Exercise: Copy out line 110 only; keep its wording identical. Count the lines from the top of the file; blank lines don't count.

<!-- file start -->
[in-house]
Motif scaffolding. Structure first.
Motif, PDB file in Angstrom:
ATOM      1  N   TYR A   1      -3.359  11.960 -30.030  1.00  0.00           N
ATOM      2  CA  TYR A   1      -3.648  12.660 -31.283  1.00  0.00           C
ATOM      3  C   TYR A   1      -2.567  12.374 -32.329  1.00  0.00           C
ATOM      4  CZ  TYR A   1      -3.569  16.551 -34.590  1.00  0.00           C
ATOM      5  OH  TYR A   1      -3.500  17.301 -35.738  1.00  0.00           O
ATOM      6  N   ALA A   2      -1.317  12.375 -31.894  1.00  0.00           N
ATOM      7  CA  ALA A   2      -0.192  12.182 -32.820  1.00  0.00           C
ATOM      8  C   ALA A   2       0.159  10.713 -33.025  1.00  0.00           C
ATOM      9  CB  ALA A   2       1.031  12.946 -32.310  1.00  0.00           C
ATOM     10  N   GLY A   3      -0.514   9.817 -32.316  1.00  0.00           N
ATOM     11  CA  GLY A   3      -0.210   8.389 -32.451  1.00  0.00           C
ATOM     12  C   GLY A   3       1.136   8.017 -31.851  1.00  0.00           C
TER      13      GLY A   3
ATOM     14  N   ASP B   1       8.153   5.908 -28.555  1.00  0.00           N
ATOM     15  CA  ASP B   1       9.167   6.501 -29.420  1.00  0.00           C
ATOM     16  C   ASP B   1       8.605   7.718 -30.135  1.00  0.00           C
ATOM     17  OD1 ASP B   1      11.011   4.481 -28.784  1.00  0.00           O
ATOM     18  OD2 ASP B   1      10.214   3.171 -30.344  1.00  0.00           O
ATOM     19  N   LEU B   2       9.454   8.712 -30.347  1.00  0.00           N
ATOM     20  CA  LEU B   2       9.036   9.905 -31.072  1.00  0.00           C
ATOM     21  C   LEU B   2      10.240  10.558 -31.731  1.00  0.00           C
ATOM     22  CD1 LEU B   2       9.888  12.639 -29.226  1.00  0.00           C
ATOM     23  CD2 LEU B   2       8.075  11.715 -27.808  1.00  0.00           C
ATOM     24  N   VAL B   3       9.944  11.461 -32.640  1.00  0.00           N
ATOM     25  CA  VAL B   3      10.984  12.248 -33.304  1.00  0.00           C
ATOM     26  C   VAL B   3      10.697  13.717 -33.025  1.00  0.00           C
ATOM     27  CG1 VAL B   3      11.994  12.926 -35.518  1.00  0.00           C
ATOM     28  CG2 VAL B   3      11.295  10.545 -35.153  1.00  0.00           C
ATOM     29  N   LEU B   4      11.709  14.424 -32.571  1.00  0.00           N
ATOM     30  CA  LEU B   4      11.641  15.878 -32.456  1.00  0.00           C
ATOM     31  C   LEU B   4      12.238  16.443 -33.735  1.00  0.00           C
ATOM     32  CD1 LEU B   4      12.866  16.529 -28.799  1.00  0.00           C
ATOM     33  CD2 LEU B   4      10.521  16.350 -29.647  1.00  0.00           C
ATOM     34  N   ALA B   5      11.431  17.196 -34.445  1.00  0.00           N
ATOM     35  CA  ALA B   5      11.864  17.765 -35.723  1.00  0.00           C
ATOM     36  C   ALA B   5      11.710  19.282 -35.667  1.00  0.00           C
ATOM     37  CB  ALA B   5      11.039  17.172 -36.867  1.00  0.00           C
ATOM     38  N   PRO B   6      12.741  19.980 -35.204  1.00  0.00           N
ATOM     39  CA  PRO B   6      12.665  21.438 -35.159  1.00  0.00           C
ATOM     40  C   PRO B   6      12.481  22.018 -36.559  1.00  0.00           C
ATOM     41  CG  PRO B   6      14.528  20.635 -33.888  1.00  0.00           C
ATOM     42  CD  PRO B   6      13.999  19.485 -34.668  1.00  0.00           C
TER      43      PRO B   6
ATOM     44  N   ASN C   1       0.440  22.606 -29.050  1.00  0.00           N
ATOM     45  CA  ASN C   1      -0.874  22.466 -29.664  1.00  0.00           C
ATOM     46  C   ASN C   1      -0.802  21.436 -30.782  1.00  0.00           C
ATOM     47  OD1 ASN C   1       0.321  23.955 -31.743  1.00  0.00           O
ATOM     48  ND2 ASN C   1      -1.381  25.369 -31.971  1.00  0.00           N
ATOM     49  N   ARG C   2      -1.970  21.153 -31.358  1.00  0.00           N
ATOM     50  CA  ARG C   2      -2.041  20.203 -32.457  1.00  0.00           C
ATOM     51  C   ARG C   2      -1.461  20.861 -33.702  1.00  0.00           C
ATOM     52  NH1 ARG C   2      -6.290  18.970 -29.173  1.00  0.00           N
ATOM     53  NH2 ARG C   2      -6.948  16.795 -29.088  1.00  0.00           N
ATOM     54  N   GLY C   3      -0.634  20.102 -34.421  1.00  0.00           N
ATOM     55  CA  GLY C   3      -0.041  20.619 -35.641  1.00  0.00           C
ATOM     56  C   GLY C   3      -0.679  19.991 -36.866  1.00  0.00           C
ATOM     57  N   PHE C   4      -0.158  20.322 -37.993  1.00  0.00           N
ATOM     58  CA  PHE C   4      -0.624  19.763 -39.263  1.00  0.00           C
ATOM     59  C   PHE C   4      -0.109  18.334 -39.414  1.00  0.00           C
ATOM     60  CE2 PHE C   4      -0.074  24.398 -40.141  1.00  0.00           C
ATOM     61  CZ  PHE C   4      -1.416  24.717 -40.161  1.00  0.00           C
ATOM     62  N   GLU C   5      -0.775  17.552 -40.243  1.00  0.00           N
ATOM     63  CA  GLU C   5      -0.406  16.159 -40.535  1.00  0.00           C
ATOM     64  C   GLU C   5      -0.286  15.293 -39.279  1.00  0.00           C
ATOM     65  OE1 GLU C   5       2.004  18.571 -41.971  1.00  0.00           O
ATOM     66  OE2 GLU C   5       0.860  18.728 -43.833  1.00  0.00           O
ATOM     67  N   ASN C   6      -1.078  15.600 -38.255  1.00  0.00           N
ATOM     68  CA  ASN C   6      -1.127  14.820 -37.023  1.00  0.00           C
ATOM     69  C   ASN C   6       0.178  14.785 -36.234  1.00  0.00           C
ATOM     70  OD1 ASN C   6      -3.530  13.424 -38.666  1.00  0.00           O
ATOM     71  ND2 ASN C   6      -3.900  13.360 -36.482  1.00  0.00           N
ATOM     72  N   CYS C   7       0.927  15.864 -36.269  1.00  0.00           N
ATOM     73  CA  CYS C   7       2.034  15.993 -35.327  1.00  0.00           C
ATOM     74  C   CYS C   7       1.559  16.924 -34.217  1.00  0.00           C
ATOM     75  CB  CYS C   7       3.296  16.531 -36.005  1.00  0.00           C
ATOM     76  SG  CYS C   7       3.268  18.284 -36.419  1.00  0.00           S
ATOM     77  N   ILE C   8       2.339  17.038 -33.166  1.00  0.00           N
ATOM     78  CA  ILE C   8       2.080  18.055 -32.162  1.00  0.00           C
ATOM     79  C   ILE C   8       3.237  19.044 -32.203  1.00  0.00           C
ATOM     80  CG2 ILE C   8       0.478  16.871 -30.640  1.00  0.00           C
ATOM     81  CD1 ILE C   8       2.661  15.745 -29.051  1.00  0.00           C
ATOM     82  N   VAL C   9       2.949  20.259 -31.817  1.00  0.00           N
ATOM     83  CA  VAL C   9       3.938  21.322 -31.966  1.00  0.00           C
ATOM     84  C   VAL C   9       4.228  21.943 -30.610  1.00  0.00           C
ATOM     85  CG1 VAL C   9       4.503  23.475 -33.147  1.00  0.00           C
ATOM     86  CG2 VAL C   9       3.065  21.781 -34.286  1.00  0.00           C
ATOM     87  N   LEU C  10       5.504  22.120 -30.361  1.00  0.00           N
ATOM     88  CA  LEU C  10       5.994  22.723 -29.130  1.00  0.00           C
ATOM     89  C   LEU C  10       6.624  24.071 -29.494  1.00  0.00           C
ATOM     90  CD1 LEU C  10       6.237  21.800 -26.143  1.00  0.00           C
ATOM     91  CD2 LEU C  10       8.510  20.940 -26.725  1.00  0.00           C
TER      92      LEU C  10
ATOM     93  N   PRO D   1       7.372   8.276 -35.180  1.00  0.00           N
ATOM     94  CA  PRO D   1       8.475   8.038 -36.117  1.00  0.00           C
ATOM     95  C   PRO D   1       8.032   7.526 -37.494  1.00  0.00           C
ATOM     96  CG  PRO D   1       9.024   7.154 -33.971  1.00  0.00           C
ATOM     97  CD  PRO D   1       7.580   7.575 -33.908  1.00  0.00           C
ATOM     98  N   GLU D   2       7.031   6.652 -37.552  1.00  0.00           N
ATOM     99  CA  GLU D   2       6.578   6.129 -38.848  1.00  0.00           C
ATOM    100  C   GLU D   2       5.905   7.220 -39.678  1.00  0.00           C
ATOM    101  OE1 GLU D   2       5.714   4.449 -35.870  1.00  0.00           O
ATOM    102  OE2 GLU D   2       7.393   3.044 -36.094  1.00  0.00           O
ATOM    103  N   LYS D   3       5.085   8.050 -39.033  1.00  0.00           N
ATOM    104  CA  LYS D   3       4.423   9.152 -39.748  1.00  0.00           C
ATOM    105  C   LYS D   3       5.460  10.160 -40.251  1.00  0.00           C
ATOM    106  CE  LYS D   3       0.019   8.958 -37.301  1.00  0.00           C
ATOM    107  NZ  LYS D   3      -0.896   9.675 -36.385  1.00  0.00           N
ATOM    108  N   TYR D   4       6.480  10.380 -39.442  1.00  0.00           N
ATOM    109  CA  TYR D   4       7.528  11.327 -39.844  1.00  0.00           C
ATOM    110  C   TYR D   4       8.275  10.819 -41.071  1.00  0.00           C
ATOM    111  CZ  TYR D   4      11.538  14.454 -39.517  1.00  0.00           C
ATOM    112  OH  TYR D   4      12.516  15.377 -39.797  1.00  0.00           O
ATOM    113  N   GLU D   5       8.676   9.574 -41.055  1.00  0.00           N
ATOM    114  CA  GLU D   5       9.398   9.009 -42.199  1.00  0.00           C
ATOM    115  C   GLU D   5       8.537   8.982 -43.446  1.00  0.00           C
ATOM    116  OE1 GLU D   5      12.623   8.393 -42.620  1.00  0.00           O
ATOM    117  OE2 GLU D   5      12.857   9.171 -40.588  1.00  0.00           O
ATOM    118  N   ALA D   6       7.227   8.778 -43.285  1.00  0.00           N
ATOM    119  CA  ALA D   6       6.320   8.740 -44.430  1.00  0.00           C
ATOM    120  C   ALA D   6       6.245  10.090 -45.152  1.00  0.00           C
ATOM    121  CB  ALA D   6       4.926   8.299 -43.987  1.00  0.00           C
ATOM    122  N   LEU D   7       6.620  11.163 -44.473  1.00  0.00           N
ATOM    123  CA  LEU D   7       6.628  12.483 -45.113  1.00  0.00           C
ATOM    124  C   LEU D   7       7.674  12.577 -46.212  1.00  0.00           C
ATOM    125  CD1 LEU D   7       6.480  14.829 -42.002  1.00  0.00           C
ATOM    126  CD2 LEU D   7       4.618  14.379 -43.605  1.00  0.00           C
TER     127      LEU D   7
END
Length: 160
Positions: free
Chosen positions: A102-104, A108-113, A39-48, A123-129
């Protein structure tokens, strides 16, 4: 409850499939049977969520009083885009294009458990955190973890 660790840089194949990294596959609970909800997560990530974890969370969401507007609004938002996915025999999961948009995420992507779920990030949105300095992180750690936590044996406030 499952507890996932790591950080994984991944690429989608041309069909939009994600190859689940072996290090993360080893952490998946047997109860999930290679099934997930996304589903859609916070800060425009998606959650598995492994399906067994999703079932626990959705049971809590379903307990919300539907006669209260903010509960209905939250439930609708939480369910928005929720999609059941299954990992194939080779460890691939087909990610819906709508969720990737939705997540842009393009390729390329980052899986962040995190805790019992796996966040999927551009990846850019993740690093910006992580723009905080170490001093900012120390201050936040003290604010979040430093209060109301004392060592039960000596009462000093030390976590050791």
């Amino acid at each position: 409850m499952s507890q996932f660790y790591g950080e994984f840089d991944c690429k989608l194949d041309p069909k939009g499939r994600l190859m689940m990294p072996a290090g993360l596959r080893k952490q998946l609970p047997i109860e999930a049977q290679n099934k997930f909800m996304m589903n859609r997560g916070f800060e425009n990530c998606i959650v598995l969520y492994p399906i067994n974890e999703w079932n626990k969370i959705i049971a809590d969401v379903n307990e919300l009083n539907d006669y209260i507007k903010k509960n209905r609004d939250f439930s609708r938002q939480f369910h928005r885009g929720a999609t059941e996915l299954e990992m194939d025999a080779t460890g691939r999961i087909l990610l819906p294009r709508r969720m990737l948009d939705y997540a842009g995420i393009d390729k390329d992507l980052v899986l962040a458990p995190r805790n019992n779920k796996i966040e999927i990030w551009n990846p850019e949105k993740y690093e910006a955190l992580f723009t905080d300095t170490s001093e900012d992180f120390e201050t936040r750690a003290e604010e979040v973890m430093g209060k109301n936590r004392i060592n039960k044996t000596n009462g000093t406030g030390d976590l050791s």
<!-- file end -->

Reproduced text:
ATOM    107  NZ  LYS D   3      -0.896   9.675 -36.385  1.00  0.00           N